Oct 21


Buddhist Altar Project Cover Photo

Buddha Altar Project Inspires Tranquility And Peace

Find inspiration this week by visiting the six-part Buddhist altar installed between the columns of Sarah’s Glen on the main campus of Shenandoah University today, Oct. 21; Wednesday, Oct. 23; and Friday, Oct. 25, between 2:10 and 2:40 p.m. (weather permitting). Solo student performances on violin and clarinet will accompany the installation. The altar is the major project for the World Views in Art: The Indian Subcontinent First-Year Seminar (FYS) class.

The class has constructed the six-part Buddhist altar in the Tibetan tradition. The installation of the altar is meant to elicit comments, meditations and ideas from passersby and from other FYS classes that stop by and contribute. Contributions may include, but are not limited to, personal meditations, ideas for peace studies, ideas for peace activism, descriptive essays and prayers. These may be composed on-site or emailed to Associate Professor of Art History and Art Geraldine Kiefer, Ph.D., at gkiefer@su.edu. The group hopes this project will bring a multitude of faiths and ethnicities to embrace peace.

“The purpose of the FYS Buddha Altar Project is to instill in ourselves, our classmates, our faculty and the Shenandoah University community a sense of calm, meditation, transcendence of self and devotion to others, in the tradition of the Buddha and his teachings and in the line of the contemporary neighborhood peace project in Chicago, Ten Thousand Ripples,” said Dr. Kiefer.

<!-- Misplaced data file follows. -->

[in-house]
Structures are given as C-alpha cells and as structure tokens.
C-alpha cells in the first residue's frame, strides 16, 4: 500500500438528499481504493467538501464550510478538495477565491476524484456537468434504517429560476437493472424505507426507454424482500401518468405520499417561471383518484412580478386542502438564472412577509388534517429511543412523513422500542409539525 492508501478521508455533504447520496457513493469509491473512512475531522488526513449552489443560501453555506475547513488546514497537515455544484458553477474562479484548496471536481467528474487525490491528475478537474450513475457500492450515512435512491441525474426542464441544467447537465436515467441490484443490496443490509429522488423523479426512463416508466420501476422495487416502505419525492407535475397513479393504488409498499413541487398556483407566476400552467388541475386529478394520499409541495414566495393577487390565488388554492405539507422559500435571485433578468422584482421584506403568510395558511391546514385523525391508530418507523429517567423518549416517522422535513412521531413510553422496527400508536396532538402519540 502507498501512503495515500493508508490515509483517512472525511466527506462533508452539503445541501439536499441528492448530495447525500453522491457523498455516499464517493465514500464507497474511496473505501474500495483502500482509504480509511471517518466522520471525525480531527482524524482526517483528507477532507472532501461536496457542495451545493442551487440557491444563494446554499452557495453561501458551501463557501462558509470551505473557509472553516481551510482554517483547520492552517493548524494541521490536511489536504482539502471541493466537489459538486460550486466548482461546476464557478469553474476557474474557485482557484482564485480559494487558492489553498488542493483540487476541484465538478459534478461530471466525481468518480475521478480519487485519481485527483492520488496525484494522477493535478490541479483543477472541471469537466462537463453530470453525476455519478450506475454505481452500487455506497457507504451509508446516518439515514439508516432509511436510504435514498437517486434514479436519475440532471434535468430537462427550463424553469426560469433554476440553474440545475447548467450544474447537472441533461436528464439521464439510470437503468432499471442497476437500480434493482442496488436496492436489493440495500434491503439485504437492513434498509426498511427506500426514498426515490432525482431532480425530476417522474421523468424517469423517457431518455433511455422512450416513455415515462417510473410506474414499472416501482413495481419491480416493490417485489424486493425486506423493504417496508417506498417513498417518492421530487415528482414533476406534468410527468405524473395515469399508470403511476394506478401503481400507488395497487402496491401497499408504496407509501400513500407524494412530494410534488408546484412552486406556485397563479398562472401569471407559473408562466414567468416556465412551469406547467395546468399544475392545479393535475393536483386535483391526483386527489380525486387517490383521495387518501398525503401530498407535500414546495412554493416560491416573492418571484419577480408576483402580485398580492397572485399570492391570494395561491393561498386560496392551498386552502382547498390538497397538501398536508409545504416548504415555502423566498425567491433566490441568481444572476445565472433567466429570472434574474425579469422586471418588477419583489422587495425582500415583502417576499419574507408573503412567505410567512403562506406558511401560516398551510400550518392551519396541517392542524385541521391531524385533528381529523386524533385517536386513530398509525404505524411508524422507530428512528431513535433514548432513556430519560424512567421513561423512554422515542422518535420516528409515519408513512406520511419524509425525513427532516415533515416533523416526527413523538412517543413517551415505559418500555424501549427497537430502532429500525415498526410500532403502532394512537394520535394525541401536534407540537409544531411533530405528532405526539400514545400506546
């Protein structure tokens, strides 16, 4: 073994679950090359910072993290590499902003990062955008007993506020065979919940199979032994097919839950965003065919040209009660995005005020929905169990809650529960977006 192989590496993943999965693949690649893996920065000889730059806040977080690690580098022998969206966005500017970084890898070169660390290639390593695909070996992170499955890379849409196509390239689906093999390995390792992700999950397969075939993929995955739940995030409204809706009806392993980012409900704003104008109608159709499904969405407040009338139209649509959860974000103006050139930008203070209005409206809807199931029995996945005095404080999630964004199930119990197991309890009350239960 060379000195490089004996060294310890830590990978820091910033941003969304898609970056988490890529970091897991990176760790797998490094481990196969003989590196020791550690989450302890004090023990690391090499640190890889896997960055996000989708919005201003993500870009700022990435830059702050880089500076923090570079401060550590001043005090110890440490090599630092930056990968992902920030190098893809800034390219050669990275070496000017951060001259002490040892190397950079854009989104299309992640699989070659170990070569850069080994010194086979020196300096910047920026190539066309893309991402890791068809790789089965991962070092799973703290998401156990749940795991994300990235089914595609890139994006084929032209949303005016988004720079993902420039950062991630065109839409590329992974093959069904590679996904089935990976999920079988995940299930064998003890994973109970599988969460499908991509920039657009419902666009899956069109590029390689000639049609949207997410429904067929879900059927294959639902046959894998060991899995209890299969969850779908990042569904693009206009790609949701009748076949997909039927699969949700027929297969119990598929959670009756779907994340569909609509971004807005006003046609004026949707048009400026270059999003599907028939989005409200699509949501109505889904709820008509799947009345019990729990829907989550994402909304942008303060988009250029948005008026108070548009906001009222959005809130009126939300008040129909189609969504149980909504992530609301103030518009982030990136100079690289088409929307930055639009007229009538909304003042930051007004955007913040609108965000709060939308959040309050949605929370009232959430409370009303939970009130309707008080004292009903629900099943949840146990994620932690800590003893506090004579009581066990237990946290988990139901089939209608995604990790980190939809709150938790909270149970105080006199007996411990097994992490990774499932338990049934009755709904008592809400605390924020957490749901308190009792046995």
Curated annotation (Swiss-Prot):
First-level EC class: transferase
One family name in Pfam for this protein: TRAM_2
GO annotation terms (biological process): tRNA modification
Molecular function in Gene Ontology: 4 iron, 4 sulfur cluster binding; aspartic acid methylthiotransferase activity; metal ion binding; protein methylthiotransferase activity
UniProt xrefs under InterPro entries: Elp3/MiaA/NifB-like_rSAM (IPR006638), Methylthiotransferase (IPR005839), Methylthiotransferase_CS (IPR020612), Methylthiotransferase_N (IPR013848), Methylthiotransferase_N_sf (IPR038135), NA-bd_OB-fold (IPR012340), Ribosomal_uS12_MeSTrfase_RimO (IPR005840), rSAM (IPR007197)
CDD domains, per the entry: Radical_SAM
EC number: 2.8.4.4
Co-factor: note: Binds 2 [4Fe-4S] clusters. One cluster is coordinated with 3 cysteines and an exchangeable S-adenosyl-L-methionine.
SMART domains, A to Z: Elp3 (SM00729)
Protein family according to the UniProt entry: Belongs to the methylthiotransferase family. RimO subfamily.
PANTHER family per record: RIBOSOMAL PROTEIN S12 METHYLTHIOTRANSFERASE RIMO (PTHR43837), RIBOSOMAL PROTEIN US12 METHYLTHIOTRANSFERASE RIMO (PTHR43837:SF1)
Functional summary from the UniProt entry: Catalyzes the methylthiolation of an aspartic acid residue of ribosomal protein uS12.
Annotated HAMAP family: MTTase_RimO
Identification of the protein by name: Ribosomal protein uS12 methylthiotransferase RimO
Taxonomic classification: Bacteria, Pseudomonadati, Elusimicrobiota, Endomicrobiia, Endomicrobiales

To create their portion of the altar, five groups of students worked with a Buddha head designed by an Indian artist, as well as Indian stupa (shrine) postcards, Tibetan Buddhist posters and artifacts the groups created. These additional artifacts include, but are not limited to, drawings, paintings, contemplative photographs, coloring-book pictures and offerings (dried fruit, artificial flowers and bowls of water). The Buddha heads are tinted with watercolors.

A sixth altar, coordinated by Kiefer, features a Buddha statue fabricated by hand in India and a miniature stupa. That altar space will include a Buddhist cloth and two watercolor-paper sketchbooks for students in the class and others to make comments and suggestions.

The entire project will also be installed in the Brandt Student Center (BSC) during FYS Display Day, slated Monday, Nov. 11. This installation will also provide time and space for visitors to inscribe their thoughts in the sketchbooks. Buddhist chants will be playing and silence will be urged.

Questions or comments about the project may be directed to Kiefer at 540/545-7323 or gkiefer@su.edu.

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